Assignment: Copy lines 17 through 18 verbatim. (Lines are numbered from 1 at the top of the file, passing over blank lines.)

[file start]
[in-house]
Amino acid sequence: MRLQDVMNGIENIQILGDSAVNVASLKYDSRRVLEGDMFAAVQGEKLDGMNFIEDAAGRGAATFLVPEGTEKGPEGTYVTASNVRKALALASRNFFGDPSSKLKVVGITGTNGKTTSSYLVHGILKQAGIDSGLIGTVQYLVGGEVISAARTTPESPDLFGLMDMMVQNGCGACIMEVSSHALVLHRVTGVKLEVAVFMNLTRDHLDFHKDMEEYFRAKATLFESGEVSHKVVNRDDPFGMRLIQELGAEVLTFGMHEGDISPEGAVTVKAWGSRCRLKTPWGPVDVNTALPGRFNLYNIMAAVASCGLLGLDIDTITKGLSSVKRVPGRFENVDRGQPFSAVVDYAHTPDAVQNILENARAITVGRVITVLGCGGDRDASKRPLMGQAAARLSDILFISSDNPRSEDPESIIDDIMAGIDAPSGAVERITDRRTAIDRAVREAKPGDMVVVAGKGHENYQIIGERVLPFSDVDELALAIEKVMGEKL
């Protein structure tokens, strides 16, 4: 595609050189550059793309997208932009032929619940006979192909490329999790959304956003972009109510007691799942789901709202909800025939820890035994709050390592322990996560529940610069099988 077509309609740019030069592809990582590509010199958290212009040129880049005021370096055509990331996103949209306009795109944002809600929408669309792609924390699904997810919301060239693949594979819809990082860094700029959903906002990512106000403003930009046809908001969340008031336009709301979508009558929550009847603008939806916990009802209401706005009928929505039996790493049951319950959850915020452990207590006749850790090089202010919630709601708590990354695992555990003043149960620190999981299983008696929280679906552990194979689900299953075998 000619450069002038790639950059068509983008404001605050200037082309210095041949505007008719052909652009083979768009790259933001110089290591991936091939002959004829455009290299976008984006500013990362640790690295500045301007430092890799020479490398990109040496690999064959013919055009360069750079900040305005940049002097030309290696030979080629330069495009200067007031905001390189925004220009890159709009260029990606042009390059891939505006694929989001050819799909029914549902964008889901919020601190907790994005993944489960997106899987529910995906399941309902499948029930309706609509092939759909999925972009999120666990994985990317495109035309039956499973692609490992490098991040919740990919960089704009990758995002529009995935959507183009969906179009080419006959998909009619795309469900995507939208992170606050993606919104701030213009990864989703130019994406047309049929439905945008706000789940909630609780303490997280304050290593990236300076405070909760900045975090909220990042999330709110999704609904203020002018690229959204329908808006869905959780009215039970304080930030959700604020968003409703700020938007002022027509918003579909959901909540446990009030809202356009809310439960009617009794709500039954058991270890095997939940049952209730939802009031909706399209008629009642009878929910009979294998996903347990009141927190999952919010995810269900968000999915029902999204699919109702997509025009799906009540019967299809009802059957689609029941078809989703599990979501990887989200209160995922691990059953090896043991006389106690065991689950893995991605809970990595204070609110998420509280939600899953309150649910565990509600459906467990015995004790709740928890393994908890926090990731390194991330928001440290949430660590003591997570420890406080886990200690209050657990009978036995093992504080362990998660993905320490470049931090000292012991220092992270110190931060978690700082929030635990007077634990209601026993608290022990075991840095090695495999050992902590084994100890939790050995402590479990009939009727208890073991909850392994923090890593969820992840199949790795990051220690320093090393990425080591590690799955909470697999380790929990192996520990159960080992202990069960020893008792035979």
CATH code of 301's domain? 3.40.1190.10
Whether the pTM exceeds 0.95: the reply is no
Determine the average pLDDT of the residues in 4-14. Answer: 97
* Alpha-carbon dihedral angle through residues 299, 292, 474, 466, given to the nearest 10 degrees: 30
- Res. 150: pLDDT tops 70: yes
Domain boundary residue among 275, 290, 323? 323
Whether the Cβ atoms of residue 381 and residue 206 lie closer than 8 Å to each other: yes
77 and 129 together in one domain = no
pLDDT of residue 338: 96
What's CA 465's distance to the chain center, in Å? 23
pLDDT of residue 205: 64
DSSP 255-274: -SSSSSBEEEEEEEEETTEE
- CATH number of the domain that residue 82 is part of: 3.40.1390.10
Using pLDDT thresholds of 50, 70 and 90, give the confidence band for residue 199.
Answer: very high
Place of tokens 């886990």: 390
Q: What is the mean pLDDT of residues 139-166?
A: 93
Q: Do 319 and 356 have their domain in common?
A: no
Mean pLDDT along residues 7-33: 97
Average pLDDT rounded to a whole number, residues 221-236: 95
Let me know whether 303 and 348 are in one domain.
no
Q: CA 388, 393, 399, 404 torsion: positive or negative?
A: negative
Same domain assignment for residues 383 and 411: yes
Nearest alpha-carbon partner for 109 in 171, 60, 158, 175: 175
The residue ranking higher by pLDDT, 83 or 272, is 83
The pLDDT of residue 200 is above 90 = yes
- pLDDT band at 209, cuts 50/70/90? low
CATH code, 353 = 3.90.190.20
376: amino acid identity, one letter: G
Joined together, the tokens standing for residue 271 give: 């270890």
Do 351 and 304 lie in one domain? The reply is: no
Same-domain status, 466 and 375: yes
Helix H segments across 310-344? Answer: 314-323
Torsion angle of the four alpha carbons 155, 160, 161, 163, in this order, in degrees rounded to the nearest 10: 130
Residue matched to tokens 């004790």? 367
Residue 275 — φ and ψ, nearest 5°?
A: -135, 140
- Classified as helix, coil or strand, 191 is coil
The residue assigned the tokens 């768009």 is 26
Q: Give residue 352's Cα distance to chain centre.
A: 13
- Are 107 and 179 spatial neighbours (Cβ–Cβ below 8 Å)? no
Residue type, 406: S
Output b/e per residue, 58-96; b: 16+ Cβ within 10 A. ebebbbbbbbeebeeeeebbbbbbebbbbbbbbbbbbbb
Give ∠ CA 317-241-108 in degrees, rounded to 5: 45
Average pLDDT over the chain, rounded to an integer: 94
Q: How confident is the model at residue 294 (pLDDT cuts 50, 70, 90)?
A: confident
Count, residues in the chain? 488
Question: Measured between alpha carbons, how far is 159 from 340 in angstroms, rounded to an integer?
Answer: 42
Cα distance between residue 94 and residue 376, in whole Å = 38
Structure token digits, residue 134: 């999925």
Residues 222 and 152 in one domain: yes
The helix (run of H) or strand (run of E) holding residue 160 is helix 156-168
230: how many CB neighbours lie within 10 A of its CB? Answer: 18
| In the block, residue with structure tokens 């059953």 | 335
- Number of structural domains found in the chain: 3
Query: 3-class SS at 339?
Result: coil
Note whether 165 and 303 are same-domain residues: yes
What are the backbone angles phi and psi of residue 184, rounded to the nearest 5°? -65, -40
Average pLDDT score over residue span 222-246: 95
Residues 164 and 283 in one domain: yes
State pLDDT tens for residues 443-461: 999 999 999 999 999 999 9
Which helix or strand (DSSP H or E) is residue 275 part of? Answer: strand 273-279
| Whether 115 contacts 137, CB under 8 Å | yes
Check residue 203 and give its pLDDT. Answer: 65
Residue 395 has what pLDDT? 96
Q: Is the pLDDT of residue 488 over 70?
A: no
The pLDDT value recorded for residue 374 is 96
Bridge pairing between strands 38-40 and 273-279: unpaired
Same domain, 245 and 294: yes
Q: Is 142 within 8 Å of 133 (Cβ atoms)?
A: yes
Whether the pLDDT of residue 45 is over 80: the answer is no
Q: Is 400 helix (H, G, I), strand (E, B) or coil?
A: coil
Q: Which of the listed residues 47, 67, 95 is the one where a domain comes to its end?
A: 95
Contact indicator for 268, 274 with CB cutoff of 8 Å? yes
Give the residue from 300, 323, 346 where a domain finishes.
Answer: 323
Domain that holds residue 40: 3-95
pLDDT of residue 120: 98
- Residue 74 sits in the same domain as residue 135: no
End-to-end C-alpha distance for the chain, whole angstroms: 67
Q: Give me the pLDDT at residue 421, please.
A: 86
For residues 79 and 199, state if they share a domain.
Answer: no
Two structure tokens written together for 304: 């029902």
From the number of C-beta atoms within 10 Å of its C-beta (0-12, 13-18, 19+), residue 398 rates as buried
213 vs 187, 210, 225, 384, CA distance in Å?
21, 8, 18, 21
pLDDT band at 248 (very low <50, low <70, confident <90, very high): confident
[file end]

Using pLDDT thresholds of 50, 70 and 90, give the confidence band for residue 199.
Answer: very high